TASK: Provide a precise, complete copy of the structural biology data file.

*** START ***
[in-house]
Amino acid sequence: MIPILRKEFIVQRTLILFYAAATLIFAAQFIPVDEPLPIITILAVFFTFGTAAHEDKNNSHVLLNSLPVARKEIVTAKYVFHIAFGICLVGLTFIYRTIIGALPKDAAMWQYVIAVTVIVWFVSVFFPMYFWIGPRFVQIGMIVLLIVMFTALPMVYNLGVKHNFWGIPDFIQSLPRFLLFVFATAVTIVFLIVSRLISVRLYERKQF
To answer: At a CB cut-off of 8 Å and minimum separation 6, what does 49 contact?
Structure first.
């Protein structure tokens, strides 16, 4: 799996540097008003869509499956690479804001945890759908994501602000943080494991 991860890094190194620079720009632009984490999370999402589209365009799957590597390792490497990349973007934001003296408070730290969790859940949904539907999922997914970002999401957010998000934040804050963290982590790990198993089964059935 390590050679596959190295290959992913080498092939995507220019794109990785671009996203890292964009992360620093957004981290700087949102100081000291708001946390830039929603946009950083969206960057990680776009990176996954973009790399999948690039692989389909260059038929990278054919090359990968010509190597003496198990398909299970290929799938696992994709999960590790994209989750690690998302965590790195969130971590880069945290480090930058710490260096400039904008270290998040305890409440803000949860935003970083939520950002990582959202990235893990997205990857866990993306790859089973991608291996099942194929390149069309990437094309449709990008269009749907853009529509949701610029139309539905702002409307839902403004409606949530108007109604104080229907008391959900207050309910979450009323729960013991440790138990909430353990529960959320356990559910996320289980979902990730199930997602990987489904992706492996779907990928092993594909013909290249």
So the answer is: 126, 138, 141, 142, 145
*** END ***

[in-house]
Amino acid sequence: MIPILRKEFIVQRTLILFYAAATLIFAAQFIPVDEPLPIITILAVFFTFGTAAHEDKNNSHVLLNSLPVARKEIVTAKYVFHIAFGICLVGLTFIYRTIIGALPKDAAMWQYVIAVTVIVWFVSVFFPMYFWIGPRFVQIGMIVLLIVMFTALPMVYNLGVKHNFWGIPDFIQSLPRFLLFVFATAVTIVFLIVSRLISVRLYERKQF
To answer: At a CB cut-off of 8 Å and minimum separation 6, what does 49 contact?
Structure first.
């Protein structure tokens, strides 16, 4: 799996540097008003869509499956690479804001945890759908994501602000943080494991 991860890094190194620079720009632009984490999370999402589209365009799957590597390792490497990349973007934001003296408070730290969790859940949904539907999922997914970002999401957010998000934040804050963290982590790990198993089964059935 390590050679596959190295290959992913080498092939995507220019794109990785671009996203890292964009992360620093957004981290700087949102100081000291708001946390830039929603946009950083969206960057990680776009990176996954973009790399999948690039692989389909260059038929990278054919090359990968010509190597003496198990398909299970290929799938696992994709999960590790994209989750690690998302965590790195969130971590880069945290480090930058710490260096400039904008270290998040305890409440803000949860935003970083939520950002990582959202990235893990997205990857866990993306790859089973991608291996099942194929390149069309990437094309449709990008269009749907853009529509949701610029139309539905702002409307839902403004409606949530108007109604104080229907008391959900207050309910979450009323729960013991440790138990909430353990529960959320356990559910996320289980979902990730199930997602990987489904992706492996779907990928092993594909013909290249």
So the answer is: 126, 138, 141, 142, 145